Scientists have described four different kinds of forces in nature:
The two forces with which you are most familiar are the ones which you can see around you in your daily life; electromagnetism and gravity. You may be surprised that we've described gravity as being the weakest force ... surely a force that can hold massive planets in orbit must be a very strong one!
Electric and magnetic forces result from a property of particles called electric charge. Charged particles exert electric forces on each other, and moving charges produce magnetic fields; magnetic and electric forces are considered to be different aspects of the same force.
- Strong Nuclear
This is the strongest of the four forces; it's the force that holds the particles in the nucleus of an atom together. It has to be much stronger than the electromagnetic force, because it is able to overcome the force of the positively charged protons, which try to repel each other. However, this very strong force acts over only very small distances ... the size of a nucleus.
- Weak Nuclear
This is a force which is involved in the radioactive decay of some nuclei; it is similar to the electromagnetic force, which leads scientists to believe that all four forces may really be different aspects of one single force.
This is the weakest of the four forces. It exists between all objects, and can act over long distances. For example, it holds the earth in orbit around the sun, and all the stars together in our galaxy.
In fact, gravity is much weaker than electromagnetism. The reason gravity seems so strong is because we see around us the effects of the gravity caused by the entire planet earth.
Consider this: you could hold in your hands two magnets which attract each other so strongly that you are unable to pull them apart with all your strength. That's a lot of force for two little pieces of metal the size of your hand.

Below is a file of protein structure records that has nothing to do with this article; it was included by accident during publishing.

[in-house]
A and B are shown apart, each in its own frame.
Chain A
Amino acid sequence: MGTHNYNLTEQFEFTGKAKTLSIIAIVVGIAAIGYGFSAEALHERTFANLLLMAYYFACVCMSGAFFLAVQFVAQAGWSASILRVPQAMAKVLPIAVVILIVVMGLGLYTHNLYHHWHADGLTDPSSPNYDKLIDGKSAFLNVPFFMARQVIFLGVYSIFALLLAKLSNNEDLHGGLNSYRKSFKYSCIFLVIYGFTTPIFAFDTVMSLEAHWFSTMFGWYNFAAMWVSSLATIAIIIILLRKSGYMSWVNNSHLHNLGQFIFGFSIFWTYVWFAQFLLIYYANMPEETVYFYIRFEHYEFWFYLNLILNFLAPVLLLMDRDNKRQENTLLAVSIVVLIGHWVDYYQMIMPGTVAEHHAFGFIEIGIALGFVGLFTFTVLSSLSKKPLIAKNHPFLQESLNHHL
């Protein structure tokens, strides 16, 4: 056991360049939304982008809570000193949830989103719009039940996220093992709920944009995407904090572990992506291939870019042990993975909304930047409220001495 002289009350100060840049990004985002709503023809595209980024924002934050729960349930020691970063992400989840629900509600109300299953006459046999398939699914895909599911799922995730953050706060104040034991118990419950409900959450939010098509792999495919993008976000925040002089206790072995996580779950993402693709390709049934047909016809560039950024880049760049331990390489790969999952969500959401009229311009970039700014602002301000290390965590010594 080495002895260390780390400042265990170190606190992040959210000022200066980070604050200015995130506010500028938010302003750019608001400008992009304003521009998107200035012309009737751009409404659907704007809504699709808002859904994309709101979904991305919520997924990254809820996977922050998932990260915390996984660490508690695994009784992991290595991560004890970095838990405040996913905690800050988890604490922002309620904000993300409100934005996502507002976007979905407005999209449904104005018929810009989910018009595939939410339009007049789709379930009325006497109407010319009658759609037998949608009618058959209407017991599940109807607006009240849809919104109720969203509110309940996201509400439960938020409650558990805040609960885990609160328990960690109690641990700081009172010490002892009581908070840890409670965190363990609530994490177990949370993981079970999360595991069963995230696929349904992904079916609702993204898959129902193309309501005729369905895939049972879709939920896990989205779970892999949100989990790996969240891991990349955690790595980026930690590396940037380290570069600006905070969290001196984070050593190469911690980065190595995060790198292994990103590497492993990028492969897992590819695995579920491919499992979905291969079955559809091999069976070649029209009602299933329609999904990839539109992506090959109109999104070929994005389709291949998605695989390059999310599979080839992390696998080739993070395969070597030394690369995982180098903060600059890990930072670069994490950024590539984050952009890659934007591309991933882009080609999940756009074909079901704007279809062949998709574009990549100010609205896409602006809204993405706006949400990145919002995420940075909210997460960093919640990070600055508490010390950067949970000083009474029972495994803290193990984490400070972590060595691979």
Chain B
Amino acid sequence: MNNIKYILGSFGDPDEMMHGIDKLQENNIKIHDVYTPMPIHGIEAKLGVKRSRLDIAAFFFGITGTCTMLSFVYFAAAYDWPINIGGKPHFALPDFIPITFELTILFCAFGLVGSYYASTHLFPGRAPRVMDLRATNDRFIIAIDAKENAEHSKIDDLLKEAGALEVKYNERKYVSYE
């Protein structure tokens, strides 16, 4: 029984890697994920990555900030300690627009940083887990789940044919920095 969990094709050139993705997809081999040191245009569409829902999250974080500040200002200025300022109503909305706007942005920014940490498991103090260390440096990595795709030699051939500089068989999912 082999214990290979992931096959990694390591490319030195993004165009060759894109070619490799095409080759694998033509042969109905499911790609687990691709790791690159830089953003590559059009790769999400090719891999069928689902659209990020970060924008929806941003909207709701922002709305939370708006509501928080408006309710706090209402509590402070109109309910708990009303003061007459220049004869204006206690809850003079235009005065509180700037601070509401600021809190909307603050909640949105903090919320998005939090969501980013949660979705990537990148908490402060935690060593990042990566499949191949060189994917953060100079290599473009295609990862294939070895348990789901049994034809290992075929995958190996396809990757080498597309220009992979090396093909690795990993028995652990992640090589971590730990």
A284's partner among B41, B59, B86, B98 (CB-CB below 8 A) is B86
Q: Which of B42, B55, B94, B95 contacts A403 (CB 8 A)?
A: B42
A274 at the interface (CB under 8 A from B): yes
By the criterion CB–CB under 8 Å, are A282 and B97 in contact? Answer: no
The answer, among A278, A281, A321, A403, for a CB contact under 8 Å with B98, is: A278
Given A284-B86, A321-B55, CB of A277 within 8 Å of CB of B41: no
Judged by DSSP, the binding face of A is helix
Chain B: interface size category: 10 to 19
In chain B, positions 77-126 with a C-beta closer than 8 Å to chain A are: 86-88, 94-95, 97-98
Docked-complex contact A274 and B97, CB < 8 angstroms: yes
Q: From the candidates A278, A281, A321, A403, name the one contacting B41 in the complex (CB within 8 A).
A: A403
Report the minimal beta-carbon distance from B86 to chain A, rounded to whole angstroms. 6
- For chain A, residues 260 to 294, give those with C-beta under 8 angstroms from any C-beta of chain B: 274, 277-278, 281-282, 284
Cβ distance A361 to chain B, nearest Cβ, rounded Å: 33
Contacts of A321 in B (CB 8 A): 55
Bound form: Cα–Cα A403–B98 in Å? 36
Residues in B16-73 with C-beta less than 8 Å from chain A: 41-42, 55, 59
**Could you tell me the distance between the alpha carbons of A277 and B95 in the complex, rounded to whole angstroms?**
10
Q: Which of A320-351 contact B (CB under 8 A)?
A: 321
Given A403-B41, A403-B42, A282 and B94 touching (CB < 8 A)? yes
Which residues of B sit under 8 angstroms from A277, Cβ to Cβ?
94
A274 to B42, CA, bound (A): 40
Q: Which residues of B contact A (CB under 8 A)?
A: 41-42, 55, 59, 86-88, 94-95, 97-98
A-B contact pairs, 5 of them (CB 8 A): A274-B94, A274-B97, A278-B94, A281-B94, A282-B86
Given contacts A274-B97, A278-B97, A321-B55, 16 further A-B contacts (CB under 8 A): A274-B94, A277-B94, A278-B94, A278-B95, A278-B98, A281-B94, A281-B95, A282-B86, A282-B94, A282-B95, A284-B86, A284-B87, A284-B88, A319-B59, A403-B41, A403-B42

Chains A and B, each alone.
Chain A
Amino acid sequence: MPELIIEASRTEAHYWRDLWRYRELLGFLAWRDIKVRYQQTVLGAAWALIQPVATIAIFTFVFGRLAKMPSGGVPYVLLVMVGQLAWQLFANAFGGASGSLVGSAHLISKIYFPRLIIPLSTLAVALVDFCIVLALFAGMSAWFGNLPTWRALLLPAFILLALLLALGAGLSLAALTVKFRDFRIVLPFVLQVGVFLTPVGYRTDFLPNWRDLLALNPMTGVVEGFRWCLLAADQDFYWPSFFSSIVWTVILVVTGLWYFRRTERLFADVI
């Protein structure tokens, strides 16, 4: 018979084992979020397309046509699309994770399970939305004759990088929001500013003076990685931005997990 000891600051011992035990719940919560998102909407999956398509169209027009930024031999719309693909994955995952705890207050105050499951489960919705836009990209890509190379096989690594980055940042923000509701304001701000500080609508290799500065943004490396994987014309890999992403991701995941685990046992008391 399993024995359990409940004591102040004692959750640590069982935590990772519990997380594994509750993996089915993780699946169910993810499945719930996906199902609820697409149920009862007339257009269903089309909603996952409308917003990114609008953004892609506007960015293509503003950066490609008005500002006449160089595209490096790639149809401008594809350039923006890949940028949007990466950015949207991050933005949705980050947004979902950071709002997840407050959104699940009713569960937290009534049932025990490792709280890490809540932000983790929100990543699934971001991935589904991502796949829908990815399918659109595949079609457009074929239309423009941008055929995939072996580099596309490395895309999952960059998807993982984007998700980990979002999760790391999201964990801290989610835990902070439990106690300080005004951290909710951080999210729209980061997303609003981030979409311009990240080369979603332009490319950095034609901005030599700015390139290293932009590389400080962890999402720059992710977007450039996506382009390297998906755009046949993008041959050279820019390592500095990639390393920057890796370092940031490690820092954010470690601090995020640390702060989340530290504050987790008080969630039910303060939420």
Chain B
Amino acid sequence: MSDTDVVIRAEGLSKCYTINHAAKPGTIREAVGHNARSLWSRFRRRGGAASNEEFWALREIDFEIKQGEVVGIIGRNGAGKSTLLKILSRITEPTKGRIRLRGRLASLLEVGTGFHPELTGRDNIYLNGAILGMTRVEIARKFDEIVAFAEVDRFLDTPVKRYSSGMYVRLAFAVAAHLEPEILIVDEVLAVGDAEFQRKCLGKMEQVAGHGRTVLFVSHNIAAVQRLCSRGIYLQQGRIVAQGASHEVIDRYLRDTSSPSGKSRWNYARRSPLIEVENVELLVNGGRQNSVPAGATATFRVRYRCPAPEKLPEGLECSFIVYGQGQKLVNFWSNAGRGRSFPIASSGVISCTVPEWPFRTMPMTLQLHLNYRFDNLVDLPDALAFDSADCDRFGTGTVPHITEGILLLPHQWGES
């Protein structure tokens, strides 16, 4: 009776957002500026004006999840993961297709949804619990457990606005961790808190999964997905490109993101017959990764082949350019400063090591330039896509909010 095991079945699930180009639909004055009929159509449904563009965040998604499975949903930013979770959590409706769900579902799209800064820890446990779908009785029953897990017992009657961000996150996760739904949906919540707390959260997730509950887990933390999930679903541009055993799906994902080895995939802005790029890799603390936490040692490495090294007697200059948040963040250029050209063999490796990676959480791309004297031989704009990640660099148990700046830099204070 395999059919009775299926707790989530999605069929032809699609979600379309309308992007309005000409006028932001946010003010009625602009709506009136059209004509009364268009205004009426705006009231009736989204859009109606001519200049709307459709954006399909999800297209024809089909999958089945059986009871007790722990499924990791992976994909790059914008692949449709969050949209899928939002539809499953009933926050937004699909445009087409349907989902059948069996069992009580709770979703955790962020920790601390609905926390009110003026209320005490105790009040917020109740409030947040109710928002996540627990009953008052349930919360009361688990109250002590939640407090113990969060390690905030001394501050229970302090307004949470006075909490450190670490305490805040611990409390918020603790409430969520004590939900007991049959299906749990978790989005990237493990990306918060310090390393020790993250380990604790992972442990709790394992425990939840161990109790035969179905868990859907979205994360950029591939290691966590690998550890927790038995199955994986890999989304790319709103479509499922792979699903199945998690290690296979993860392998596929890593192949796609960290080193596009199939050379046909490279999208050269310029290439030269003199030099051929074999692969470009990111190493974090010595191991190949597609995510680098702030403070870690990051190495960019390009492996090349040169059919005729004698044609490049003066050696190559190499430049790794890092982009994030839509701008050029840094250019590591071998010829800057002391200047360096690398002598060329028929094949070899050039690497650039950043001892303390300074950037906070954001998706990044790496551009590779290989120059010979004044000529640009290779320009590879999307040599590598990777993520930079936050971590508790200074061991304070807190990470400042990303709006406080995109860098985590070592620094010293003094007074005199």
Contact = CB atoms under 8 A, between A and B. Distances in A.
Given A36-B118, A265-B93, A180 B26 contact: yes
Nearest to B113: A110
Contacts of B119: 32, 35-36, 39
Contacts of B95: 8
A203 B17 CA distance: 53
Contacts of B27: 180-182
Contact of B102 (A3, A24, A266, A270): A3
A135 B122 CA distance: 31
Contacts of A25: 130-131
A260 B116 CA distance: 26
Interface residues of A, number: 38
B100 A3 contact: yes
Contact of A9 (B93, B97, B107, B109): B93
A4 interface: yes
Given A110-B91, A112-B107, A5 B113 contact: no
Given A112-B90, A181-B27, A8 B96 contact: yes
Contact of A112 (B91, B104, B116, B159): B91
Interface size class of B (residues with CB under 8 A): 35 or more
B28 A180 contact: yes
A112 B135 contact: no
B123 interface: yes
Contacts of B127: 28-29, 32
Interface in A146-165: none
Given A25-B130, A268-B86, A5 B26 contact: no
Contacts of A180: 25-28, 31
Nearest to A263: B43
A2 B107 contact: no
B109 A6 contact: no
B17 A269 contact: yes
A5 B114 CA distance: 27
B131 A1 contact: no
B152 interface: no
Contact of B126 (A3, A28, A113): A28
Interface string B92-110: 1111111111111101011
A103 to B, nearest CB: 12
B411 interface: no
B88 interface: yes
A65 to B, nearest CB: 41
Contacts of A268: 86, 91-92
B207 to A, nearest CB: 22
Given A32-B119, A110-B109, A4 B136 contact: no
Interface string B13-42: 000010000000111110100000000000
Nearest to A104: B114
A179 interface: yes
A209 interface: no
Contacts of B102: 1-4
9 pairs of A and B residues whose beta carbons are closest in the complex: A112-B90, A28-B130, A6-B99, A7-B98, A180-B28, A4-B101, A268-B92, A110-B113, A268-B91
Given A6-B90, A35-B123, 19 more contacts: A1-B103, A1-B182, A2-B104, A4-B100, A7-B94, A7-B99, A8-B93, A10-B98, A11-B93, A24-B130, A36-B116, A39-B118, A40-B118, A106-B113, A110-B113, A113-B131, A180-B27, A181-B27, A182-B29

On the other hand, while the force of gravity from the planet below you pulls you to its surface, you can very easily separate yourself from the earth ... by jumping.
Some people erroneously believe that there is no force of gravity once you reach space, and that's why astronauts 'float' in orbit. This is totally false. The force of gravity gets smaller the farther from earth you get, but very slowly as we're used to measuring distances. At orbital heights, it's still just about as strong as it is down on the surface. It's still a quite respectable size even at the distance of the moon. The further from the earth you get, the smaller the force of gravity, but it never gets to zero.
Let's look at the situation a slightly different way. Imagine you are wearing boots with magnets on them, and are standing on a small metal plate.
It isn't hard to imagine that these small pieces of metal will prevent you from lifting your feet at all ... you are 'glued' to the metal. The magnetic force in the metal is strong enough to keep you completely immobile.
If you can manage to get some friends to free you and then lift you up high enough, the force will no longer be strong enough to be felt. The magnetism acts strongly only when your boots are very close to the plate.
Now imagine you're just standing on the ground. Despite the fact that the gravity from the entire planet earth is pulling you down, you can easily separate yourself from the ground by jumping. You're strong enough to separate yourself from the surface of the earth despite the entire planet's gravitational force.
This force may be weak, but it acts over large distances. No matter how far up you get, the force of gravity can still pull you back to the ground.
To understand why astronauts seem to float, visit our 'Weightlessness' page.
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